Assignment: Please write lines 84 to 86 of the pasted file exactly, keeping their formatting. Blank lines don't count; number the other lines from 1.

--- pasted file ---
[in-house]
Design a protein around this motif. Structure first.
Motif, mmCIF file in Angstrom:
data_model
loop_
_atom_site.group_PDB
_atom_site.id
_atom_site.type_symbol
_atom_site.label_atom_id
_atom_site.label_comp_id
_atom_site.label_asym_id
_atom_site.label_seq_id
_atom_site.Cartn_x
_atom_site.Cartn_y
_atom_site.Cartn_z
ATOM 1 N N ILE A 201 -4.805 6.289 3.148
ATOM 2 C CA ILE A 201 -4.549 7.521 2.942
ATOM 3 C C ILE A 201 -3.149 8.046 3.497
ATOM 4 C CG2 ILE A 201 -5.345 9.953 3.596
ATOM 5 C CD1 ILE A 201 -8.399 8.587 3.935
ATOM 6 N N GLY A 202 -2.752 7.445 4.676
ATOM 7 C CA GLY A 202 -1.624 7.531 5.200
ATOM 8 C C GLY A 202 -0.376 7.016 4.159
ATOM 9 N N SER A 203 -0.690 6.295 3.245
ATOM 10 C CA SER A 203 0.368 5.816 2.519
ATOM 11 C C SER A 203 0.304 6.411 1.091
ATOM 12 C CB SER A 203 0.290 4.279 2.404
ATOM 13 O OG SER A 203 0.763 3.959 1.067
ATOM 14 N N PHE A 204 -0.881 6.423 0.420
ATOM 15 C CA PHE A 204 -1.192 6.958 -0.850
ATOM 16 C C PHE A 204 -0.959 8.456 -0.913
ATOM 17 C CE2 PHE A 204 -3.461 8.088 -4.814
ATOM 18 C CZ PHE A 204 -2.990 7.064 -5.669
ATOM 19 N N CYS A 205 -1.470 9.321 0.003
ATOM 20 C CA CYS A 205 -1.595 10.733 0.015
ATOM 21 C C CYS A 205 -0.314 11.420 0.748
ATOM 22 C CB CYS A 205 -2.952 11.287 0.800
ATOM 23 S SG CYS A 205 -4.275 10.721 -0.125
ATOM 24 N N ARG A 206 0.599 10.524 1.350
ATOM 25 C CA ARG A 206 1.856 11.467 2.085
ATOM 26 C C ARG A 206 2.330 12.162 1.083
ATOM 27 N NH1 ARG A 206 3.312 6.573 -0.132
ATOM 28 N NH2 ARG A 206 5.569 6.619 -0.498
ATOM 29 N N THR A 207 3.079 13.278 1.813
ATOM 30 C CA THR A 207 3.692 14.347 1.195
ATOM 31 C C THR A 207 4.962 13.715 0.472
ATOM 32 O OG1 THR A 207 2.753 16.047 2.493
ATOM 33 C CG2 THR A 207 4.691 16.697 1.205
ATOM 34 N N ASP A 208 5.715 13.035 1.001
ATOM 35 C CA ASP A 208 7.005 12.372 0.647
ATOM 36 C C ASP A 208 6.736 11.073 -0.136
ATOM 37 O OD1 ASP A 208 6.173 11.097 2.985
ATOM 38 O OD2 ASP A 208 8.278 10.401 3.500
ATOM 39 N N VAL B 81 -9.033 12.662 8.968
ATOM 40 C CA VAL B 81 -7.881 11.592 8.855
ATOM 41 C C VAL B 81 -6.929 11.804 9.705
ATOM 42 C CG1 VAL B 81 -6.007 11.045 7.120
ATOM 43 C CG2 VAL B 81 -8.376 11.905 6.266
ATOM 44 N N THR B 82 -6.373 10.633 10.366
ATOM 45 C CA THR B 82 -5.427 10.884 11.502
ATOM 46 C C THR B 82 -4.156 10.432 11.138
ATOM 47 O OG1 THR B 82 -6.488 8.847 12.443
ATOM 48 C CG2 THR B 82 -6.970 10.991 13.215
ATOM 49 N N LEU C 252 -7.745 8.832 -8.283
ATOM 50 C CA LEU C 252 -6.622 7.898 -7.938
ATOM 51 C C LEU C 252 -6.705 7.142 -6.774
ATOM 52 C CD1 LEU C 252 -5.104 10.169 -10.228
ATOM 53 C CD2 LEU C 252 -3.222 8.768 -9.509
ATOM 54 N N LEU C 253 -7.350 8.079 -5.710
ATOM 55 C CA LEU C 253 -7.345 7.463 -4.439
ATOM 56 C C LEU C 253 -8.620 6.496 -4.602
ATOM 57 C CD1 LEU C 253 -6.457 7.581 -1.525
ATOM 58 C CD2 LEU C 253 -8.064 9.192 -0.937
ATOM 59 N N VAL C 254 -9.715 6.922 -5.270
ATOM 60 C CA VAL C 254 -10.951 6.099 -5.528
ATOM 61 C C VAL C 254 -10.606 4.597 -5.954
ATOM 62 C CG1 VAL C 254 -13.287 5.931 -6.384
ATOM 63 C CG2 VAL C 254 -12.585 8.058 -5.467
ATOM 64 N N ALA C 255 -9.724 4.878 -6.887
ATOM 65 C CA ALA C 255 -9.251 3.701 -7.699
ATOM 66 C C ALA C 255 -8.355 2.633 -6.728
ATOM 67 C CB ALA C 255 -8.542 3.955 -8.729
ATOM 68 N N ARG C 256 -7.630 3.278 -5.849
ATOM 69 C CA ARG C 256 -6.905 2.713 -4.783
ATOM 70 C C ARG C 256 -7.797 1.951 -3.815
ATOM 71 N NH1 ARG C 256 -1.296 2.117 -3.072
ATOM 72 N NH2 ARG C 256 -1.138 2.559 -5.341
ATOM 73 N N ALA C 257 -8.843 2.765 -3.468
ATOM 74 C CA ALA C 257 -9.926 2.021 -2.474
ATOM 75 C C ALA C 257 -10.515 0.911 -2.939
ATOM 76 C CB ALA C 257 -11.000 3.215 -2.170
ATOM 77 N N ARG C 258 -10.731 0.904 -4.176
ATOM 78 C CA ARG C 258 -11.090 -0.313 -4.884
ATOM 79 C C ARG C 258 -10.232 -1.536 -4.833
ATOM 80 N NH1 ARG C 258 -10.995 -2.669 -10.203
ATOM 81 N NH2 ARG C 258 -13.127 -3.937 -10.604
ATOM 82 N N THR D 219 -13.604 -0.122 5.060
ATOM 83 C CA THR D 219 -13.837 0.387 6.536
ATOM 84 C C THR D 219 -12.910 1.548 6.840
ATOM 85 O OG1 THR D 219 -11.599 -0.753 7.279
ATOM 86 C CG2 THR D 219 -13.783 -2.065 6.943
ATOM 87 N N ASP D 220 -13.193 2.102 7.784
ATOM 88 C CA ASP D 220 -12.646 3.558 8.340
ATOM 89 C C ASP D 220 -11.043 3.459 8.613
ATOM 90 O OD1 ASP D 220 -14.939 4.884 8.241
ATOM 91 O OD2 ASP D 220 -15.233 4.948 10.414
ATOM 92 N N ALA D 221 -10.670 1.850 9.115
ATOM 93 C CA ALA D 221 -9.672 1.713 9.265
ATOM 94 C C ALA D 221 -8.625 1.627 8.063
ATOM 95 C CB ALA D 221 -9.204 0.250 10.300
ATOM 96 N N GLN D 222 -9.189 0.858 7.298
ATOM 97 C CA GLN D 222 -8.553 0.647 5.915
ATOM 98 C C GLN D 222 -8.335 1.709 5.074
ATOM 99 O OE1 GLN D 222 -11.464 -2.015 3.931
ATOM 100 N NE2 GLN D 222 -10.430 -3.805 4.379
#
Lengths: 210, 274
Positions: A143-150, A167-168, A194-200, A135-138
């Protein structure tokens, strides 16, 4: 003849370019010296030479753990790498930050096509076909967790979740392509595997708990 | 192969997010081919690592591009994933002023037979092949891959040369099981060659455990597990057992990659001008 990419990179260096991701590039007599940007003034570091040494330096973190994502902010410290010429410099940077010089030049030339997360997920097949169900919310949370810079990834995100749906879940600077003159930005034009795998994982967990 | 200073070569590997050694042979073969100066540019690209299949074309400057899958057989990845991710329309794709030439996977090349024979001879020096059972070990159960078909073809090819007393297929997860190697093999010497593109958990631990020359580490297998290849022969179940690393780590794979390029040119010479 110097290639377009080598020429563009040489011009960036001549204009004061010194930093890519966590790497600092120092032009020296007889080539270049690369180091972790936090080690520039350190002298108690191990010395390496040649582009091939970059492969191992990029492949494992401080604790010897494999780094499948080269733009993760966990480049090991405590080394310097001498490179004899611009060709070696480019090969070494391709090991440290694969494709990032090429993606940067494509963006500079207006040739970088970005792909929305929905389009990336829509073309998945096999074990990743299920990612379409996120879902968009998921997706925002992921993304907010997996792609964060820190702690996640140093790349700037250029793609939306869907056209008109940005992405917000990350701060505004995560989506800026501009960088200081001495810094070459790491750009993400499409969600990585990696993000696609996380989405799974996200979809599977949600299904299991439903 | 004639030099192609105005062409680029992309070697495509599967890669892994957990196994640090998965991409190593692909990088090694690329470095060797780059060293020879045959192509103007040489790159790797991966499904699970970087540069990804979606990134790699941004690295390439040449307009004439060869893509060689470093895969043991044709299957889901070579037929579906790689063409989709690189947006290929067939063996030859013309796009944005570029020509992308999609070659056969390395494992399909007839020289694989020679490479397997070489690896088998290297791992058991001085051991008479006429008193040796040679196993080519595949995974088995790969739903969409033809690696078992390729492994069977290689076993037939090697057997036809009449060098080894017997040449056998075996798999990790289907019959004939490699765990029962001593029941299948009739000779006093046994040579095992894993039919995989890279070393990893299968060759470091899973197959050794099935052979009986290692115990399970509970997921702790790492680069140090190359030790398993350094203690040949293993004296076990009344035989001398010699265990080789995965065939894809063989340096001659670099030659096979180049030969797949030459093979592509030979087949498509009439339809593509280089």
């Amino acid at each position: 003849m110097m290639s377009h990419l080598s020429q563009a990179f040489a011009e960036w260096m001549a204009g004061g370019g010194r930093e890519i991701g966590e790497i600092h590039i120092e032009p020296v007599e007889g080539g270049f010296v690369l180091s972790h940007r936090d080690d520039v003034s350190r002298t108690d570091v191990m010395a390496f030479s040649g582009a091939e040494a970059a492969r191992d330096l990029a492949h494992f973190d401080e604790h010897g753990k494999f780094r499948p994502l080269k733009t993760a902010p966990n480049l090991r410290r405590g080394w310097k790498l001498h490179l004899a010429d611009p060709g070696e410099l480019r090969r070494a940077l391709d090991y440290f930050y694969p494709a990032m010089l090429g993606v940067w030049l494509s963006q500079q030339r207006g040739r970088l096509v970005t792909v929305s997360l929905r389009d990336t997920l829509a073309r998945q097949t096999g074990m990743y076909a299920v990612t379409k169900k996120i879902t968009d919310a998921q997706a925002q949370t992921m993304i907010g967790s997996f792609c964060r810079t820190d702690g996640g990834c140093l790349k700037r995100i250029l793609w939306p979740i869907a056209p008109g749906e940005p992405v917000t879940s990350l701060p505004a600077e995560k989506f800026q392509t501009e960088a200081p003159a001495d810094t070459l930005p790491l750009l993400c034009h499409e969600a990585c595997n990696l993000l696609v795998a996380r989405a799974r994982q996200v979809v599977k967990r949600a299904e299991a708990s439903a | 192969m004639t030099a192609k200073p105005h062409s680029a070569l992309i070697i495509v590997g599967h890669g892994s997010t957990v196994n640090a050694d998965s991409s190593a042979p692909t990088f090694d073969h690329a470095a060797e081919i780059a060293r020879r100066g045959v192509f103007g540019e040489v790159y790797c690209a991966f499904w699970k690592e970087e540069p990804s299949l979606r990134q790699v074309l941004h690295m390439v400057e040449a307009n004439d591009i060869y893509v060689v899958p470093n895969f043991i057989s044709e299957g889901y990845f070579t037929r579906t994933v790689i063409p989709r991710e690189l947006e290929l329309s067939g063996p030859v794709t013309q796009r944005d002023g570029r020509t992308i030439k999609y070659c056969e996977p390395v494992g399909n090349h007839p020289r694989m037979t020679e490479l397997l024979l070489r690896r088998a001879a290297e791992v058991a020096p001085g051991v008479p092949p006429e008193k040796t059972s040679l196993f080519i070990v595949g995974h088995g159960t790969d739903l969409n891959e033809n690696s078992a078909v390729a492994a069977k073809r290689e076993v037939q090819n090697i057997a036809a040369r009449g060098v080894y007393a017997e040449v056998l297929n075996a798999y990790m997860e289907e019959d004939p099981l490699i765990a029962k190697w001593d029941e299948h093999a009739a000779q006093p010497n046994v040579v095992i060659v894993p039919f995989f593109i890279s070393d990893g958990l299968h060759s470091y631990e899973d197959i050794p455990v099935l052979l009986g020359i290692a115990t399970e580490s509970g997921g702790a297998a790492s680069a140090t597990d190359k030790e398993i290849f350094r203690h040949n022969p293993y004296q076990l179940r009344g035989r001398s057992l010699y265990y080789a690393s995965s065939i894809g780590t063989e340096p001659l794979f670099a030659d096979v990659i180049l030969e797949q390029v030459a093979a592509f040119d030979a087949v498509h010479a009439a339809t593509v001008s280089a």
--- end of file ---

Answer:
ATOM 69 C CA ARG C 256 -6.905 2.713 -4.783
ATOM 70 C C ARG C 256 -7.797 1.951 -3.815
ATOM 71 N NH1 ARG C 256 -1.296 2.117 -3.072